I am not speaking for my employer, although they do rent some of my opinions.
     
    Seebs, Feb 1, 2011
    #12
  13. Re: About regaining the memory associated with a block-specific variable and reusing it further.

    Keith Thompson <> writes:

    > Ben Bacarisse <> writes:
    >> Myth__Buster <> writes:
    >> <snip>
    >>> Okay. Actually, my idea was to optimize the stack usage by the local
    >>> arrays
    >>> of reasonable sizes specific to blocks.

    >>
    >> In that case, if the arrays are not variably modified, you could put
    >> those that can be reused into a union. If they are of the same element
    >> type, you could even dispense with the union, but it helps to keep the
    >> naming clear.
    >>
    >> Your example with single ints would then be:
    >>
    >> int a;
    >> /* ... */
    >> union { int b, c; } b_or_c;
    >> {
    >> /* use b_or_c.b here */
    >> }
    >> /* use b_or_c.c here */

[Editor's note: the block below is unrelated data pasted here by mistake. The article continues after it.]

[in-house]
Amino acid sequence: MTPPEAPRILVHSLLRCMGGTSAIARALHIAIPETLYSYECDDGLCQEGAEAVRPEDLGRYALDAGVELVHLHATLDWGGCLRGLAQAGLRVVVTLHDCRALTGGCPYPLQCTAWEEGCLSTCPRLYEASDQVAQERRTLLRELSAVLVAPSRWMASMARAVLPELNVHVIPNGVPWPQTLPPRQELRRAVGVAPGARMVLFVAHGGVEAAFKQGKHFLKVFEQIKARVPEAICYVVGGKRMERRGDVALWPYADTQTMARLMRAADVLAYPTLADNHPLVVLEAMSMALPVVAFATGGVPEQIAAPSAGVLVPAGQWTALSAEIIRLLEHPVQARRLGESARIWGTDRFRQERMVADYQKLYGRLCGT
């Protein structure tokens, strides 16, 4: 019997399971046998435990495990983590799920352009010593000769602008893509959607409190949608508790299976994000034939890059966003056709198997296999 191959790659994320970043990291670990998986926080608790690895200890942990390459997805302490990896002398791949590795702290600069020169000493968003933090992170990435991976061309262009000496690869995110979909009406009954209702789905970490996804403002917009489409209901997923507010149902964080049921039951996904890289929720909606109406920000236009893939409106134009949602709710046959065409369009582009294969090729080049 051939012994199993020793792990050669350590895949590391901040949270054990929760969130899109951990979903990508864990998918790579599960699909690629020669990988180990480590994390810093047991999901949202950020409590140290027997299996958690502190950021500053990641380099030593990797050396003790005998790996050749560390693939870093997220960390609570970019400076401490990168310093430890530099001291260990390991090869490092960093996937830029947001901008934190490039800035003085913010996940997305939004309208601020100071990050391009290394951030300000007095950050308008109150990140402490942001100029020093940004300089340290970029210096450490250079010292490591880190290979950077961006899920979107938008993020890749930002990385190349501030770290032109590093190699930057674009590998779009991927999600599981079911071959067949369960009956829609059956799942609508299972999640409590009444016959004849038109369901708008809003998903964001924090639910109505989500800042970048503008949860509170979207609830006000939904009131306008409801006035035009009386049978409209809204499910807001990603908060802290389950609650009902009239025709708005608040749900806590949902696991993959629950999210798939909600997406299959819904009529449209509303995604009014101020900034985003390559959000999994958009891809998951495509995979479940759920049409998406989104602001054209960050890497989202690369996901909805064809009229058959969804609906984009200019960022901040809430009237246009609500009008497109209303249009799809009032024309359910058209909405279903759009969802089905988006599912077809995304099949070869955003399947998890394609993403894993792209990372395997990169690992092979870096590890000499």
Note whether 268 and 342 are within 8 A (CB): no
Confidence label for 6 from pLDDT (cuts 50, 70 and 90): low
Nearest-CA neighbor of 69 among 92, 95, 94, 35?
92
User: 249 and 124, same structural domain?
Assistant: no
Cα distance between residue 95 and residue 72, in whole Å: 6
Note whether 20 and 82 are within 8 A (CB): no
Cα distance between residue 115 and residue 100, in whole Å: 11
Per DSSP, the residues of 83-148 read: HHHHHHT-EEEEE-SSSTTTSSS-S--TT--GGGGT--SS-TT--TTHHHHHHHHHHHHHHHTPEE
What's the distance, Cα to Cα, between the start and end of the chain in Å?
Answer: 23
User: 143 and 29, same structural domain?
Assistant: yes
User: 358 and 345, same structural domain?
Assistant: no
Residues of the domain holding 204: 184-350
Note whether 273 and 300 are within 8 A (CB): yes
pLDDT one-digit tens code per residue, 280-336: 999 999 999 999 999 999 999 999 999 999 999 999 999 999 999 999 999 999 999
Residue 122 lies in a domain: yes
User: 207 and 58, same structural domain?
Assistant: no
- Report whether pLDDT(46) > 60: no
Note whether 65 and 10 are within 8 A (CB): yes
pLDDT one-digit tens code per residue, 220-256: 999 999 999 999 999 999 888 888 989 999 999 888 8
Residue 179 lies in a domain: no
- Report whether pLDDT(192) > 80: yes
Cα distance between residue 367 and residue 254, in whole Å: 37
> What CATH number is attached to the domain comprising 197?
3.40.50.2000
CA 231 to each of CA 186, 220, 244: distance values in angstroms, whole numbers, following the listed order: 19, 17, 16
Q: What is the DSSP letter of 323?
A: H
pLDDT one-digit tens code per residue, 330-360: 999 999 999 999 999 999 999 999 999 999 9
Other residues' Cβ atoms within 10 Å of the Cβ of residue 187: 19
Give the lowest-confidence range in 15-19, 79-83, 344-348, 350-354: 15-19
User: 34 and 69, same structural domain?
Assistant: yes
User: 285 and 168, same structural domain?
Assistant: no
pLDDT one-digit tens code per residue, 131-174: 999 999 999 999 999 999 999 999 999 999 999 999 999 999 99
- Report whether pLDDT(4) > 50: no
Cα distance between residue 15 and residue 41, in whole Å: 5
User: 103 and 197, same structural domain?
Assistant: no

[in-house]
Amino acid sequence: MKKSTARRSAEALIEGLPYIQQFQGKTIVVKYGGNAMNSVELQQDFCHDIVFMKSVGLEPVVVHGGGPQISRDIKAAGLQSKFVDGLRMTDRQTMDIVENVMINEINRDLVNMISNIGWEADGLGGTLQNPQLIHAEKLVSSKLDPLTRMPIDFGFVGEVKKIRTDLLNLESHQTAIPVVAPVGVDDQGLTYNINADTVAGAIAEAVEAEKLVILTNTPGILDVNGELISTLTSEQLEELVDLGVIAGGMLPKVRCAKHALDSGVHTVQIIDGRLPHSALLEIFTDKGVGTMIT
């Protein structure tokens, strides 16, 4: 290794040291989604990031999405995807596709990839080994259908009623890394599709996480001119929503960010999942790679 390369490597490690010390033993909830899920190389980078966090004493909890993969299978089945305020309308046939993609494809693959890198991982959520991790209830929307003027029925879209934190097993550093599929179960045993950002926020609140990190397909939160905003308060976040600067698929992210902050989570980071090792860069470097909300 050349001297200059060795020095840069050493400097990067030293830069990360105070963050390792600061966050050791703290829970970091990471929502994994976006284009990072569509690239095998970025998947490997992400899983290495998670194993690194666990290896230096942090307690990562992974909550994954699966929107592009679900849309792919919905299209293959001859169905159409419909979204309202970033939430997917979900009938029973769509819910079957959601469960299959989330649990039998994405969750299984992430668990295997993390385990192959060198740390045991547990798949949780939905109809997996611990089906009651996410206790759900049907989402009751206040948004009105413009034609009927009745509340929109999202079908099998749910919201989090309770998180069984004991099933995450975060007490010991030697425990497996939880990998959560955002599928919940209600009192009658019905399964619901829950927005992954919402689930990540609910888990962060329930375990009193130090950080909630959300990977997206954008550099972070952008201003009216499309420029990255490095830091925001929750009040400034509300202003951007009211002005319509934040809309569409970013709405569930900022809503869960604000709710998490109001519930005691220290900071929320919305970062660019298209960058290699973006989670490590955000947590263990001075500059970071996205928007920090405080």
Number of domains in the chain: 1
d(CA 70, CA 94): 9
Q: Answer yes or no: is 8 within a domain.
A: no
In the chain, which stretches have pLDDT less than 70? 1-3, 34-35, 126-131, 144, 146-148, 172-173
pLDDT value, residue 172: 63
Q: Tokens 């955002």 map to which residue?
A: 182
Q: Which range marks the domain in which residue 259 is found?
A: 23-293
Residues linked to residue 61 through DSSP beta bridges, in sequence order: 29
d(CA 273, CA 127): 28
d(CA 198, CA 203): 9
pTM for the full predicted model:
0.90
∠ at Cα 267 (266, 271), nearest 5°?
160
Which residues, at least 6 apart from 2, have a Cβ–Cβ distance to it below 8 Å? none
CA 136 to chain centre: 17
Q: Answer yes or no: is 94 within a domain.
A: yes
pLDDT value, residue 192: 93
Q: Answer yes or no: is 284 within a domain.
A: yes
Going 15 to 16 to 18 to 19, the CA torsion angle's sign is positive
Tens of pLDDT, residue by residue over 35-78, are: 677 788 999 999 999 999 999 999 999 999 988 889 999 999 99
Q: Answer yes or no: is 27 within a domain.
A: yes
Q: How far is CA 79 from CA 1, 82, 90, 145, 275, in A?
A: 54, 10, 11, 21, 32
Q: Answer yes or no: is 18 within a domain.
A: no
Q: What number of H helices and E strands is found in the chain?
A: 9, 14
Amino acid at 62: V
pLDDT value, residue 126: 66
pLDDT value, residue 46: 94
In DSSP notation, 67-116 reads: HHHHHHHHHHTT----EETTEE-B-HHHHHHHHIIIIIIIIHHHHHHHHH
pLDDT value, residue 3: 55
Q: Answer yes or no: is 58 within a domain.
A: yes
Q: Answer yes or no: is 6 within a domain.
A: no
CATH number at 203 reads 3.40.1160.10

>>
    >> If the arrays are variably modified and of different types, then I am
    >> not sure what the best strategy might be. I think it would depend on
    >> exactly what you are doing.

    >
    > Hmm. That strikes me as excessive micro-optimization, especially
    > since (in this case) all it saves you is the storage for a single
    > int.


    The OP said it was for arrays. I am not sure if it is worth it even
    then, but I didn't want to make up a new example so I just illustrated
    the idea with the OP's example which had stand-alone ints.

    <snip>
    --
    Ben.
     
    Ben Bacarisse, Feb 2, 2011
    #13
  14. Myth__Buster

    Guest

    Re: About regaining the memory associated with a block-specificvariable and reusing it further.

    On Feb 1, 12:14 pm, Myth__Buster <> wrote:
    > On Feb 1, 8:30 am, Keith Thompson <> wrote:
    >
    >
    >
    >
    >
    > > Myth__Buster <> writes:
    > > > NOTE : I am using the terms "reuse" or "reusable" with respect to
    > > > the object code generated at the compilation time.

    >
    > > > /*
    > > >  *    Program to analyze whether it is meaningful to reuse the
    > > >  *    stack memory once the respective variable goes out of
    > > >  *    scope.
    > > >  */

    >
    > > > #include<stdio.h>

    >
    > > > int main()
    > > > {
    > > >    int a;  /* Let's say this has the address : A. */
    > > >    printf("\n &a = %p ", &a);

    >
    > > >    {
    > > >            int b; /* Let's say this has the address : B. */
    > > >            printf("\n &b = %p", &b);